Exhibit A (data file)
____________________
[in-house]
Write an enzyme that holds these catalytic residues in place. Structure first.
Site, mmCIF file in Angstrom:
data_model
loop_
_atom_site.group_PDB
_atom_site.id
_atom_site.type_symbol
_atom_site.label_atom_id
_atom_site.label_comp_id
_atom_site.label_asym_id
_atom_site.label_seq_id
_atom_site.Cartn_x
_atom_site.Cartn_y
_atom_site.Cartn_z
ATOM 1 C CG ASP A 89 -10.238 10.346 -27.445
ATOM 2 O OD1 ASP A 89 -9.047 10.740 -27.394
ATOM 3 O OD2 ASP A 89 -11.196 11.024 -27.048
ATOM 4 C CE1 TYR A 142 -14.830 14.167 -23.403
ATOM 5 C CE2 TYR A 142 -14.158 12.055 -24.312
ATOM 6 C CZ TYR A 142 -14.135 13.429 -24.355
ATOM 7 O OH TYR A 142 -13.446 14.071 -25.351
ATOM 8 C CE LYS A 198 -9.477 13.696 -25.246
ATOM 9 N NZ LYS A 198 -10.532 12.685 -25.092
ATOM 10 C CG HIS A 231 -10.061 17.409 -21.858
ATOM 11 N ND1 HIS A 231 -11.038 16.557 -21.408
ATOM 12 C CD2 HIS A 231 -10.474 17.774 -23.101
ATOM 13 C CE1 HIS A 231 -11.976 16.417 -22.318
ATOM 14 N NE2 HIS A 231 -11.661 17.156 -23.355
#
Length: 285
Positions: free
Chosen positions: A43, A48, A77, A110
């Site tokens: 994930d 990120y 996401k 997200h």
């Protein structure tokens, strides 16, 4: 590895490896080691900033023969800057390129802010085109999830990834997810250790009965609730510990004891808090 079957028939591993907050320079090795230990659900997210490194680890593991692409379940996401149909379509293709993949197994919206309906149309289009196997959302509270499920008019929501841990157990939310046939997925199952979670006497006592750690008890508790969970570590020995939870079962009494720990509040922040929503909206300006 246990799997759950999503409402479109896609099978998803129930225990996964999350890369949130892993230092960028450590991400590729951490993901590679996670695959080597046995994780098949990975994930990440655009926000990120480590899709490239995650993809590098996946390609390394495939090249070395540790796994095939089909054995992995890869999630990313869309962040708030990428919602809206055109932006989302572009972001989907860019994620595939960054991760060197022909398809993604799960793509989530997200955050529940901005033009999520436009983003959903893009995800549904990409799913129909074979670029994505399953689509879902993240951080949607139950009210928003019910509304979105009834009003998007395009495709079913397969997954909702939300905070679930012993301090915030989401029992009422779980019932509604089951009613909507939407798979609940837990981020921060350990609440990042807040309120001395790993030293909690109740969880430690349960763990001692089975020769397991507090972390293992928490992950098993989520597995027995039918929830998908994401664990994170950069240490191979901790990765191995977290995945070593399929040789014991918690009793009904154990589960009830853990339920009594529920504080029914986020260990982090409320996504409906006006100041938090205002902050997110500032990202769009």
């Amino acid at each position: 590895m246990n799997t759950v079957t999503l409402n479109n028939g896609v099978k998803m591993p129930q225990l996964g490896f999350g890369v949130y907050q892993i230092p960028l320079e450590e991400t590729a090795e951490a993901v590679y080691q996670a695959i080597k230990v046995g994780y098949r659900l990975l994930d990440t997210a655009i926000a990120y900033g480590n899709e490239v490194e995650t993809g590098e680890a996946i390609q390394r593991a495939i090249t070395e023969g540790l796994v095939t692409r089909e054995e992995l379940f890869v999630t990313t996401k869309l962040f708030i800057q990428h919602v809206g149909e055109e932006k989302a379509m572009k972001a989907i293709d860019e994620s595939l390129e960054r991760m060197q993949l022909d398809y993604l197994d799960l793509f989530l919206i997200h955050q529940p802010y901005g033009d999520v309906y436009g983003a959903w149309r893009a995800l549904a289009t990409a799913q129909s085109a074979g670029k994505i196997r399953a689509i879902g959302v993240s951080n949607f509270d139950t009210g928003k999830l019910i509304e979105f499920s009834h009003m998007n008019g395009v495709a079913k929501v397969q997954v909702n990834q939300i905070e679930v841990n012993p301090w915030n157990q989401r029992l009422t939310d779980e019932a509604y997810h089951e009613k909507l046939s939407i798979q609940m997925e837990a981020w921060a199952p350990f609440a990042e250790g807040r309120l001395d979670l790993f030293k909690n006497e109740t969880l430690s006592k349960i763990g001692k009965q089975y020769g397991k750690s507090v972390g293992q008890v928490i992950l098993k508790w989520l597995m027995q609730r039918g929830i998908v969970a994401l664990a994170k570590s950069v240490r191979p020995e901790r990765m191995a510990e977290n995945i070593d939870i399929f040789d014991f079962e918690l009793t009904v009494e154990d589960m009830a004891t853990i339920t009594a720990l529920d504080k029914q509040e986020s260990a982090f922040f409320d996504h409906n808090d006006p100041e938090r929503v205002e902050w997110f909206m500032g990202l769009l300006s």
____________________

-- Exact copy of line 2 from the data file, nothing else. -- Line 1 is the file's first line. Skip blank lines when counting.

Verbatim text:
Write an enzyme that holds these catalytic residues in place. Structure first.